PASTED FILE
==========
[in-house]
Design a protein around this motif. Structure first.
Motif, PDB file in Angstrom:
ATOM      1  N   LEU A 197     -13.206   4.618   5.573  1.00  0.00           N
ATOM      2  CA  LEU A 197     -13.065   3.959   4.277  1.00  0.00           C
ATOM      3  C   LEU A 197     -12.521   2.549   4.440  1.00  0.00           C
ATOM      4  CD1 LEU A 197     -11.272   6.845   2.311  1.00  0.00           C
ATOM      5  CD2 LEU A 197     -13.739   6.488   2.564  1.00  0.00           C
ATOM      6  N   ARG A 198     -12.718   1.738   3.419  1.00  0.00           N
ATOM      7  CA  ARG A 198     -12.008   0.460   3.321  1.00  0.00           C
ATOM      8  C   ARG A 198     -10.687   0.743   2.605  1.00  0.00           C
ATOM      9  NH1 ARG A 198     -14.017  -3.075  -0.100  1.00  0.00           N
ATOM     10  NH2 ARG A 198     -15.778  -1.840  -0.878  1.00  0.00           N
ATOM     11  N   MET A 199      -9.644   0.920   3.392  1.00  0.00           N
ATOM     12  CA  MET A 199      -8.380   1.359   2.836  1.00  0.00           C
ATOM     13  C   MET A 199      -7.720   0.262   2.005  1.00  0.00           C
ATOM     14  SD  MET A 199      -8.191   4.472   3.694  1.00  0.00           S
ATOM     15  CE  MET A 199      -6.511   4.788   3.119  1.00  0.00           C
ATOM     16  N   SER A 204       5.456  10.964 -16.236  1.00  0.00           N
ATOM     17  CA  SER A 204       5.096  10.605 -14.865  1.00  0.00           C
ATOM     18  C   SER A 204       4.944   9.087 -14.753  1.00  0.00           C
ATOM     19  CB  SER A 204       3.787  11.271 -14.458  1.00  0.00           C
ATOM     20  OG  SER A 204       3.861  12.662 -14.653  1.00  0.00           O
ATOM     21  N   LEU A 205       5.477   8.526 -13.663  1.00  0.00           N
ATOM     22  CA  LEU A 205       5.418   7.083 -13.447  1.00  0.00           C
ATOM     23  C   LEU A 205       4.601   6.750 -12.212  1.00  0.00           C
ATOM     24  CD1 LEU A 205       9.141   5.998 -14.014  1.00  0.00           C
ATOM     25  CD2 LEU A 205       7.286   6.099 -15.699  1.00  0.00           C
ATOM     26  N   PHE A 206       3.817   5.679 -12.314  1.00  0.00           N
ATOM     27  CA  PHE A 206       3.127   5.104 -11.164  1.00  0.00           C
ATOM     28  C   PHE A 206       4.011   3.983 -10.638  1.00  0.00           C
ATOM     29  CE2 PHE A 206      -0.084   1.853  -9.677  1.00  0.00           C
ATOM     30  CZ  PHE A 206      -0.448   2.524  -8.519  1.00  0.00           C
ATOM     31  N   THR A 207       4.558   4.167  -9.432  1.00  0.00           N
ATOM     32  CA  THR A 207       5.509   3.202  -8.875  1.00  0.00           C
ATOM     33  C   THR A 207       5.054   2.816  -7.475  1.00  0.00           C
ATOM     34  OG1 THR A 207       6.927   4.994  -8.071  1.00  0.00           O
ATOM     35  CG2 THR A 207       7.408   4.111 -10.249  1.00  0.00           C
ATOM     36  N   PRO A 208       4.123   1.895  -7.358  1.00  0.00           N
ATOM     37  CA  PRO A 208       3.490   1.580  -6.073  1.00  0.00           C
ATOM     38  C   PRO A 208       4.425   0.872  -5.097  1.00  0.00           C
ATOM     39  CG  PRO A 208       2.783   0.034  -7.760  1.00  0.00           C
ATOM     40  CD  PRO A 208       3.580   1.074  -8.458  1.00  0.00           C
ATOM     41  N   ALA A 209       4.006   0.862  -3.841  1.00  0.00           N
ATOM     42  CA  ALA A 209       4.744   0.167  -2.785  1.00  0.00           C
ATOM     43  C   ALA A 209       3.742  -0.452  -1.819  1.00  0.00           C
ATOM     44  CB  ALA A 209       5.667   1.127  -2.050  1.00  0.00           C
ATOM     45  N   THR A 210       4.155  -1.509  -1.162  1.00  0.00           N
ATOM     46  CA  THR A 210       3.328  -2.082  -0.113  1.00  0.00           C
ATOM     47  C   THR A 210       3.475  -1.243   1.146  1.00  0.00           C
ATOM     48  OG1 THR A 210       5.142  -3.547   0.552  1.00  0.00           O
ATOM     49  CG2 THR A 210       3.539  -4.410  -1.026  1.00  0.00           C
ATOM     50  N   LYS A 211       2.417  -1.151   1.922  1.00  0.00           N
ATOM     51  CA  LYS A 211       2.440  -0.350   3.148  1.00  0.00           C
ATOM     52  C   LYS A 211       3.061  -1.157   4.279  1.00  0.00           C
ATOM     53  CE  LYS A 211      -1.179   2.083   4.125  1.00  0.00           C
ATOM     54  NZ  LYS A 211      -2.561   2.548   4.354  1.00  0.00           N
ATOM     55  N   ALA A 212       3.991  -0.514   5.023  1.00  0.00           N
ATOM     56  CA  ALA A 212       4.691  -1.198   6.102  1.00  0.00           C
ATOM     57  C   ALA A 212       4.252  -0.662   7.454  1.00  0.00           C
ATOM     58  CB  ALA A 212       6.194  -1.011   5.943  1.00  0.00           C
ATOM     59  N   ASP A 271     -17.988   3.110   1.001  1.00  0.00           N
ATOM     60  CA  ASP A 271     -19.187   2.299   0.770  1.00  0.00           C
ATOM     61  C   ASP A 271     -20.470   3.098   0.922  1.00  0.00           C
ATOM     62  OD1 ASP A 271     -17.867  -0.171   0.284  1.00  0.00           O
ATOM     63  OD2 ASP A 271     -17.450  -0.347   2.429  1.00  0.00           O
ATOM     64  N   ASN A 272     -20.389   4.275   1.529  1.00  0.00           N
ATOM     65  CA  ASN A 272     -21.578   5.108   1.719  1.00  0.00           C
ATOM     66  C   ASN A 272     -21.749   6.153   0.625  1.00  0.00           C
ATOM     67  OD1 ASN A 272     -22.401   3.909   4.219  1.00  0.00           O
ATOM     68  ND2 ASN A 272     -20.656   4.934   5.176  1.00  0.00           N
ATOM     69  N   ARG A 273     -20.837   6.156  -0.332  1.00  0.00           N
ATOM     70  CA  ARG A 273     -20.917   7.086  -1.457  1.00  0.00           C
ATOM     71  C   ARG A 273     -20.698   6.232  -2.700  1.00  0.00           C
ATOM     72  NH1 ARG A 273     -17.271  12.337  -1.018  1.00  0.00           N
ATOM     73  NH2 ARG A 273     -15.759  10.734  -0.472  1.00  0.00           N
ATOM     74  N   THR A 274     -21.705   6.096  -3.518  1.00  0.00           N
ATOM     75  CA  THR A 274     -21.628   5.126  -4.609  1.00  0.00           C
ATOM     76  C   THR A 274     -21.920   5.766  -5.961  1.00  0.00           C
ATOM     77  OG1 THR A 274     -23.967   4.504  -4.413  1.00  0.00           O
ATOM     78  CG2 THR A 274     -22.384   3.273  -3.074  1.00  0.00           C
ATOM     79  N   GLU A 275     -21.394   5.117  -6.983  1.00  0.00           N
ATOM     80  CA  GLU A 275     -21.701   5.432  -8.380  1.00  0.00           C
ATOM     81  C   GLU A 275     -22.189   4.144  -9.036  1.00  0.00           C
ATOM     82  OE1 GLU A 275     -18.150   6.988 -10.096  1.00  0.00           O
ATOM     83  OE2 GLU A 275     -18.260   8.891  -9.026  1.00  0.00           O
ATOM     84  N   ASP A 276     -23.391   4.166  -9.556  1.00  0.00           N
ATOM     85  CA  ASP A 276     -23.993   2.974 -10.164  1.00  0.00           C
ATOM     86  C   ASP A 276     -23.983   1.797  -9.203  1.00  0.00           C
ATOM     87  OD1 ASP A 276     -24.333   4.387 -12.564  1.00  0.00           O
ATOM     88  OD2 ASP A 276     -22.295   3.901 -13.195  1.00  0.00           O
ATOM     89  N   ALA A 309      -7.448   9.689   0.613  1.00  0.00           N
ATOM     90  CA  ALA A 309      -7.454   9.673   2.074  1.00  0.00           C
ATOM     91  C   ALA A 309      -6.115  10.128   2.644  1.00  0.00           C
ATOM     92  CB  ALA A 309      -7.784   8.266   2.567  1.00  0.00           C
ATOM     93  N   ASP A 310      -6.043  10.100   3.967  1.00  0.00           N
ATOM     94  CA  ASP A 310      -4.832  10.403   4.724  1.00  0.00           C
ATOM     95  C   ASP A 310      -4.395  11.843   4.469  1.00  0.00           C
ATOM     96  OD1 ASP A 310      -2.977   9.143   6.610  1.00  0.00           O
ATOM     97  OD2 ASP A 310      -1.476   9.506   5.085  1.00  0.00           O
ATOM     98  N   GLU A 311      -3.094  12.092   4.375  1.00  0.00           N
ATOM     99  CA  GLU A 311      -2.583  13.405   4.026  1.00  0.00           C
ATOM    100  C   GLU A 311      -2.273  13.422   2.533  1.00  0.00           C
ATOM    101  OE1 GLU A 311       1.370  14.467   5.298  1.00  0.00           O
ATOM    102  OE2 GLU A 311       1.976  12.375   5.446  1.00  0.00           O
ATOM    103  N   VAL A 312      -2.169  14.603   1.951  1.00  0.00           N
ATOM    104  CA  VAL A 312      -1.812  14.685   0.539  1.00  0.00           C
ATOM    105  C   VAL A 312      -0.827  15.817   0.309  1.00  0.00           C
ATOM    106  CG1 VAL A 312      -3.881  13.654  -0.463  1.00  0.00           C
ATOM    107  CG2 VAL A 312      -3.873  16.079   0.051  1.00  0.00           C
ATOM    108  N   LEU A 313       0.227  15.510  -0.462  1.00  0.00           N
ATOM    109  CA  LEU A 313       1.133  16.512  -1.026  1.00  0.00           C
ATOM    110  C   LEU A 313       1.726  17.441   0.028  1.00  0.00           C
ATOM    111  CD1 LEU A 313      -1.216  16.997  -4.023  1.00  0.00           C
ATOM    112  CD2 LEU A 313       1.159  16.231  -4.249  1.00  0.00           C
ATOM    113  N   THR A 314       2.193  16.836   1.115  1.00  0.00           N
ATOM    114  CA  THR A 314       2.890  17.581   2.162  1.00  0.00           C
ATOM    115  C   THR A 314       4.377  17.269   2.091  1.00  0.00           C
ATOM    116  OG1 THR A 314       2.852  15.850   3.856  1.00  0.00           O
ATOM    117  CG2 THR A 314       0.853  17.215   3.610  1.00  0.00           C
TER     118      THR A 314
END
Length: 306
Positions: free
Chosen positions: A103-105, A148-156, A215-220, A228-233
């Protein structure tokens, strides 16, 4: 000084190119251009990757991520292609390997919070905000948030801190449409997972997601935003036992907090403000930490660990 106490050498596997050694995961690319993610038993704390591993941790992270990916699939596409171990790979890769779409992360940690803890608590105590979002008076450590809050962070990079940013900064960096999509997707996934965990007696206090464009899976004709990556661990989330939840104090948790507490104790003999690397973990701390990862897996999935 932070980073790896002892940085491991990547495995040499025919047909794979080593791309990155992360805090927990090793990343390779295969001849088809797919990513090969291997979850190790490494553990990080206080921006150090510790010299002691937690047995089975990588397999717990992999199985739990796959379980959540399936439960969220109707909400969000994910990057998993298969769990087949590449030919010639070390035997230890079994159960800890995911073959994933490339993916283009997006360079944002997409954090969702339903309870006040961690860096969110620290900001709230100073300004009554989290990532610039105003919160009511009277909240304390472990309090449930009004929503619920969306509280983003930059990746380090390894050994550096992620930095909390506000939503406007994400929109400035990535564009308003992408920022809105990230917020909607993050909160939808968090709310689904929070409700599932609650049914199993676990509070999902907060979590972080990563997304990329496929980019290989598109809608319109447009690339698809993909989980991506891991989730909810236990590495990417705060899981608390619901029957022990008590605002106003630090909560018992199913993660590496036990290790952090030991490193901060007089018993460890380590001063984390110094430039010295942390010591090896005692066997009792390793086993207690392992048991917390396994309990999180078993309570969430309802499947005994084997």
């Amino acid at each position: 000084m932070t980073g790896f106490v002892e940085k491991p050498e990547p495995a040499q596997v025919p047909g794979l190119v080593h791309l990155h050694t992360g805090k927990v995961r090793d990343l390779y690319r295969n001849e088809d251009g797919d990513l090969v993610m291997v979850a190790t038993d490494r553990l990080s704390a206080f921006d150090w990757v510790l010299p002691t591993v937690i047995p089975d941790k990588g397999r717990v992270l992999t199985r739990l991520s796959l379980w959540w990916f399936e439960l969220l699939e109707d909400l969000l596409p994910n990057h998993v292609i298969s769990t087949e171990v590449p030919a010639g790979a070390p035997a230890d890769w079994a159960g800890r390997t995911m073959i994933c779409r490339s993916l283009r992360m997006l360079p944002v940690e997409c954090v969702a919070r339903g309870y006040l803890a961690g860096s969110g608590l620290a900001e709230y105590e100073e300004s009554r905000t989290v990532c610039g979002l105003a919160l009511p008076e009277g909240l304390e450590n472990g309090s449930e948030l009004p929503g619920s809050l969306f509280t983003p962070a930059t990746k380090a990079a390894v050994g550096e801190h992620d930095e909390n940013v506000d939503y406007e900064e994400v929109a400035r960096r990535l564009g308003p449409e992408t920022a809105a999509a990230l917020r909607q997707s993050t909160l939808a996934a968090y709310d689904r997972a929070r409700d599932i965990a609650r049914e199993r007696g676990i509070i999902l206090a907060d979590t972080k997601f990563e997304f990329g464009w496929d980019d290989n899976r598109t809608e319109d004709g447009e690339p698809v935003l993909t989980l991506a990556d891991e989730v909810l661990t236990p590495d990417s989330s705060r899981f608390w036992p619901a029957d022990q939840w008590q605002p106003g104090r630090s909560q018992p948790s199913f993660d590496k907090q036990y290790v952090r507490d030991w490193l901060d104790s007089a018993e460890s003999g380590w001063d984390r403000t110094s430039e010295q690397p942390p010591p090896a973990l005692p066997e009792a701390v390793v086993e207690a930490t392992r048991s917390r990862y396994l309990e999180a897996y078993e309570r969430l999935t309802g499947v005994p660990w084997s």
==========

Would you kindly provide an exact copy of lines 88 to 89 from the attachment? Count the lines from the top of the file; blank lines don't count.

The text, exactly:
ATOM     85  CA  ASP A 276     -23.993   2.974 -10.164  1.00  0.00           C
ATOM     86  C   ASP A 276     -23.983   1.797  -9.203  1.00  0.00           C